These companies make money from our personal information. The lying about it part is just the bullshit we tell ourselves when they go too far.I knew what I was doing when I signed up. I understood the risks, I found the potential downside to be significantly less than the benefit I got from those services. I benefit, they profit. They will inevitably make horrible decisions and then I decide if the risk is still worth the reward. The handful who have quit Google and Facebook aren’t changing a damn thing. It’s only been when the active user base lashes out that things actually change for the better. You want pat yourself on the back for quitting Facebook and Google, go right ahead (hell I did it when I quit G+), but lets not pretend like it changes anything other than how we spend our own time.

  7. Definitely a good rant. One thing though. If service is paid for it still doesn’t guarantee that users/consumers will be treated fairly and honestly. There are plenty of examples where profit is everything regardless of cost and impact to people, environment etc. 

    • Oh, there’s no doubt that a paid business is likely to step out of line, but I would argue (just for fun) that their need to do so is less if they’ve come up with a viable business model. Although, perhaps it has more to do with the ambition of the entrepreneur than it is the business model…

  8. I agree with you @MSchechter:disqus I joined then quit Instagram after the merger because I find Facebook unethical in their business practices and any brands I feel that way about I refuse to patronize free or otherwise (my choice). Yes plenty brands i do patronize probably do shady things (like Apple’s slave worker factories….well anyone who manufactures in asia probably has dubious worker conditions). But unless they are exposed I am clueless.

    But we can talk business models. We pay a lot for cell phone service and data plans. And cable TV. And I view facebook as a communications platform service. Back in 2010 I felt (and blogged) they could of gotten 200m or their 400m users to pay $3/month (I would of) and forgone their advertising/marketing model. It would of given them $7.2bil in revenues way more than now and made them a fortune 500 company. They could of reinvested in the user experience vs the brand/exploitation experience they chose.

    http://marketing-sensei.blogspot.com/2010/05/facebooks-crappy-business-model.html

    I had an email exchange with Fred Wilson about this and he felt Ad model was the only way to go. I still disagree but it is too late for facebook. Maybe the next service that comes out will be so slick we will pay and they will be much the richer for it and us much happier. Notice none of us bitch about the $100 for the IPhone or Droid monthly service but we bitch about free Facebook.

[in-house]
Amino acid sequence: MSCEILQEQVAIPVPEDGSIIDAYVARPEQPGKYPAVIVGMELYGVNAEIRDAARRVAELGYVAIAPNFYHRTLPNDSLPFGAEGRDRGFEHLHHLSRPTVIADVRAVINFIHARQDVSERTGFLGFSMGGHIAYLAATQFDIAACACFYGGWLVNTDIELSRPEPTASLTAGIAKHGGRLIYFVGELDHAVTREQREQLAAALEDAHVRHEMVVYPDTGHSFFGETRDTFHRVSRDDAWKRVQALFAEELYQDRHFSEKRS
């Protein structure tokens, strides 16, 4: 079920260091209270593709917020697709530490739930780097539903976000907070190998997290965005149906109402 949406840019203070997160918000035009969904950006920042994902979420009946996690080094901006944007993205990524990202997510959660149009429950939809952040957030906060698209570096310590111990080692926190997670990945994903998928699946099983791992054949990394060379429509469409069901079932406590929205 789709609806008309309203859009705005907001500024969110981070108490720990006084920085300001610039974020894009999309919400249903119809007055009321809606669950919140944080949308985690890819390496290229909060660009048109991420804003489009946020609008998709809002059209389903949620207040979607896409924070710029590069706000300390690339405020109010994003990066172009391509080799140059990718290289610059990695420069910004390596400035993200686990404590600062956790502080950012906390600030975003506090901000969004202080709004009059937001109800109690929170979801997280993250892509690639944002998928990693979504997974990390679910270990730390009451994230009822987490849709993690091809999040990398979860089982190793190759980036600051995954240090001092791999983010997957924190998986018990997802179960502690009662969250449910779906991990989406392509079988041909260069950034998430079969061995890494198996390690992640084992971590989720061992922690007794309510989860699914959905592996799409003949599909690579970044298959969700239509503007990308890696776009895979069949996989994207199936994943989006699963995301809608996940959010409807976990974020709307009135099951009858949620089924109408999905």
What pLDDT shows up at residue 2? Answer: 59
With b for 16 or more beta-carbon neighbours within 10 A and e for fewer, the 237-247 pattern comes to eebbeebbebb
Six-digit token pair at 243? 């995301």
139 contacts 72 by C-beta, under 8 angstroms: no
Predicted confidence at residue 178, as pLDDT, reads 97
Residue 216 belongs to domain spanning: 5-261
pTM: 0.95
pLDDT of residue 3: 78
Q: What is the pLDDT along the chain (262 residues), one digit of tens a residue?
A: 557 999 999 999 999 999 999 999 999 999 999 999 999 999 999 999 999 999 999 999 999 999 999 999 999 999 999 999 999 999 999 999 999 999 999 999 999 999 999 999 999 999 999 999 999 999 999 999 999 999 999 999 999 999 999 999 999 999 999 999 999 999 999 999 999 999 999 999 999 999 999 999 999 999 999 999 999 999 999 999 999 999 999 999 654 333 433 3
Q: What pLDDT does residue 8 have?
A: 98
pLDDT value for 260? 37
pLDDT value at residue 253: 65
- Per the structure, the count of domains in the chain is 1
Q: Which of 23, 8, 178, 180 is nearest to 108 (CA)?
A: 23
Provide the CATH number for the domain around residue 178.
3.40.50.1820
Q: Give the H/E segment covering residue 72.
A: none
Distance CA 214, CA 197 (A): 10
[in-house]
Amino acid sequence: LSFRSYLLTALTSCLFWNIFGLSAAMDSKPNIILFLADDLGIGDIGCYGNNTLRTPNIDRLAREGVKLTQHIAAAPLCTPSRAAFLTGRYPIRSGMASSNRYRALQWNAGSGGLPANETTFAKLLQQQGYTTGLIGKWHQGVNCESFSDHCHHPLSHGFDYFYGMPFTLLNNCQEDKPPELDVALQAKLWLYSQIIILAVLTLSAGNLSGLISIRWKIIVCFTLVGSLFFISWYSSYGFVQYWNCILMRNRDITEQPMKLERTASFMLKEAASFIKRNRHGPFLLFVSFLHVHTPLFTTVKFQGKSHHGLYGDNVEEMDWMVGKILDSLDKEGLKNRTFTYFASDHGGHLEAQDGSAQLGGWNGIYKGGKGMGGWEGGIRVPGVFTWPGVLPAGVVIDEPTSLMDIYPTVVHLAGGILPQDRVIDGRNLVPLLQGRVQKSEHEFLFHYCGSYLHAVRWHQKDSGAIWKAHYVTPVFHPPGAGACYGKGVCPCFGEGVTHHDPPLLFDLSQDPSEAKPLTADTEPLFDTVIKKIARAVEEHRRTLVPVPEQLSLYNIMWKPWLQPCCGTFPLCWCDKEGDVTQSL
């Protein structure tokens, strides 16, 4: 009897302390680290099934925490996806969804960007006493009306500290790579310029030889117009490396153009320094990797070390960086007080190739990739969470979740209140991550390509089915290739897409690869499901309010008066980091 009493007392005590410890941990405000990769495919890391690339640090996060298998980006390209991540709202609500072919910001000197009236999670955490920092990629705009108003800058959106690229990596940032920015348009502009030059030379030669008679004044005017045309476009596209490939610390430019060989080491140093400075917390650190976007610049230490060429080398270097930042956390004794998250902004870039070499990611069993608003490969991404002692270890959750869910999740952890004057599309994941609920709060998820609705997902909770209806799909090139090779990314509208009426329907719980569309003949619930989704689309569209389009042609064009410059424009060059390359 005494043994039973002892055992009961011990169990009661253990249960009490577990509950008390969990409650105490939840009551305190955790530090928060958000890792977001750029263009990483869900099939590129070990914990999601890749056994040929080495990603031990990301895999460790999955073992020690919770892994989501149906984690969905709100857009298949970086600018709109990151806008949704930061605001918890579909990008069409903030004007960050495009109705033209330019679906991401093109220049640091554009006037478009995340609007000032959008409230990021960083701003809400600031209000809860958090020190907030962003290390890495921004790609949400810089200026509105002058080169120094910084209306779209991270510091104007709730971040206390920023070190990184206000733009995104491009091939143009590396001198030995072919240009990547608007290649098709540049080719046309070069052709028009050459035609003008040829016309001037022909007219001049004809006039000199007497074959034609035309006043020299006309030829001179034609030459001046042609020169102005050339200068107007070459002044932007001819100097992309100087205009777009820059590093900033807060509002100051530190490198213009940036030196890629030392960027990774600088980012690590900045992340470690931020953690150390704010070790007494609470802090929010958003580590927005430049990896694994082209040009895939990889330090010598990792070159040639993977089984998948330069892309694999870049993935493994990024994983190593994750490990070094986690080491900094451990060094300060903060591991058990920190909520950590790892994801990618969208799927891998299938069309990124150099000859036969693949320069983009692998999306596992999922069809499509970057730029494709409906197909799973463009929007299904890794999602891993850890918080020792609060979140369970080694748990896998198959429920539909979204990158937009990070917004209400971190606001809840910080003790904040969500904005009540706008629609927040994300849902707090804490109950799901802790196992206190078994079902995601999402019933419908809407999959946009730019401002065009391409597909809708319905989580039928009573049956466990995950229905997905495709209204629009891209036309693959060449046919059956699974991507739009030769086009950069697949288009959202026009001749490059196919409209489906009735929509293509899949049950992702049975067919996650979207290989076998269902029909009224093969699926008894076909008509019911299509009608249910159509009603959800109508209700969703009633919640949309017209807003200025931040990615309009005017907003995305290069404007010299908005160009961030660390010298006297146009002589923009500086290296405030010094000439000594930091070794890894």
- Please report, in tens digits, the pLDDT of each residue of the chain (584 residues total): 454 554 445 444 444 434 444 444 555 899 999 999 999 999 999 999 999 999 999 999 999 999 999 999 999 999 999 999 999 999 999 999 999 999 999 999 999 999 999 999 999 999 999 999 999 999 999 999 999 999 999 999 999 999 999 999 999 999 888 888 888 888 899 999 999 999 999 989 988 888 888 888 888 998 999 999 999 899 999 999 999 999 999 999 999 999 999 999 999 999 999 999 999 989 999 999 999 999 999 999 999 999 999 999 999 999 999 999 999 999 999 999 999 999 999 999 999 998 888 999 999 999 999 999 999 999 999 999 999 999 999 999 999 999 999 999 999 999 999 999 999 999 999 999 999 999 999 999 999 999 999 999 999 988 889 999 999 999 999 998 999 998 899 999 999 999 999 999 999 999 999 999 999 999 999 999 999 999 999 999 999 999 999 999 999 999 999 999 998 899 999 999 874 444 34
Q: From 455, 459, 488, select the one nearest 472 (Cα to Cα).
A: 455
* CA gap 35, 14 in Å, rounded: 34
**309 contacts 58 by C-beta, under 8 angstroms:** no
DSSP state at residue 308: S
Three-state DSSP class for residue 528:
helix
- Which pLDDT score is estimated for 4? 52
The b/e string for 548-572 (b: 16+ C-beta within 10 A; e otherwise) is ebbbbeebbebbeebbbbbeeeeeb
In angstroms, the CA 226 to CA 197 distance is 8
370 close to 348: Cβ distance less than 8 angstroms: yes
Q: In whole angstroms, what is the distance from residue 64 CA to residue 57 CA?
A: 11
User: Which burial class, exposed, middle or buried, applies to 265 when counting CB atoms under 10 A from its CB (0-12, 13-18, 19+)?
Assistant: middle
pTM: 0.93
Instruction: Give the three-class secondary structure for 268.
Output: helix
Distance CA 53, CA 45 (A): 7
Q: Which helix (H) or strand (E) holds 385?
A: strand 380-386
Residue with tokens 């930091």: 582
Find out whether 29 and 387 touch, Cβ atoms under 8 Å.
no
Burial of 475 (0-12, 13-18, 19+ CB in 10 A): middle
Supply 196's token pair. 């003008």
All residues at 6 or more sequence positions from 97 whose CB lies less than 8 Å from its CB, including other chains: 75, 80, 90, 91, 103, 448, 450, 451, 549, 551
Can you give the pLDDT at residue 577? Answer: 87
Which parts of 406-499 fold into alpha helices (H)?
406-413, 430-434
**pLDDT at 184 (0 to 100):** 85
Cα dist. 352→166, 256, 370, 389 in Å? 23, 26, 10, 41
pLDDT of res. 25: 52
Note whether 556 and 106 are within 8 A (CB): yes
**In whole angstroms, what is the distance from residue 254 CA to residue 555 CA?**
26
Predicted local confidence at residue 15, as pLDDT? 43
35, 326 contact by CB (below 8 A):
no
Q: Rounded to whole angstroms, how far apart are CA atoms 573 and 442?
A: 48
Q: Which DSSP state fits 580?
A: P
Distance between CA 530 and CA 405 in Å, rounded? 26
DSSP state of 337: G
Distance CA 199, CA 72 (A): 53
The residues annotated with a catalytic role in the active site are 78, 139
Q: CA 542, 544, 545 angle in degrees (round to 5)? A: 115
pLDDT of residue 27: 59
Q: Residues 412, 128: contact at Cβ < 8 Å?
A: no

• It’s an interesting point about cable and cell (although I don’t know if it is completely apt), but I think you are significantly overestimating how much of the user base would have thrown down their credit card. People already feel that they are paying for things like Facebook by paying for their access to the internet. I don’t pay ABC, NBC, Bravo. I pay for Time Warner Cable. Facebook is akin to a channel and a channel makes their money by advertising (and deals with the providers, but lets be reductive for the sake of keeping things simple). Using your logic, social media should have been framed as something like HBO, a premium on top of an already paid service. This would have had to have been the plan from day one. You can’t easily start charging for what was once free. Once you set your bottom price, you’re stuck with it. The only time we’ve ever paid for a “social network” directly was with services like AOL and even then, the network was an added benefit to the connectivity.

      •  I guess my take (and I agree with your view) is if there is a great communication service we will pay for it. We did with pagers now it is a pay for service as SMS text on phones. And I feel facebook could of grown into such a service that we had to have vs use because we don’t have a viable option yet. But we will. I have never ever seen a Video Gamer say ‘Damn I have so many of the last generation Playstation games I am not tossing them all for the new XBox and starting over with 1 game’. So one day we will not be using facebook and my guess it will be sooner than later (AOL peaked pretty fast)

        And if it is that good I think we will pay. We do pay for plenty of things online that are fee based for use. But yes often the access is how we view our payment. And part of that access is direct payment thus the cable channel wars.

        • Name me one thing people hate more about their phone company than SMS charges :) (unless we’re talking AT&T and then it’s just our general lack of… you know… service.).

          There’s only so many tiers deep I can pay on things. It’s often device and access (or when it comes to video games, console and game or in the case of the iPhone it’s device and app). There are premiums that can be up sold (e.g. in app/game purchases or premium channels), but the more you pay for the access, the less you want to pay the premiums (unless it’s amazing like HBO). I’m not saying that it’s impossible that the masses will pay for social media, I’m just suggesting that at this point it’s improbable. I also not so sure on FB, I don’t see them going anywhere. We are way more fed up than the average customer.

          And don’t forget. Video game systems evolve, but they also make sure your old games work on them. As long as you stay brand loyal, you aren’t really starting over.

  9. Absolutely brilliant, Michael.

    I whole-heartedly agree.

    And I’d also recommend anyone who’s interested in this topic read Napoleon Hill’s “Selling You”, because every communication everyone makes everywhere is “selling”.

    :)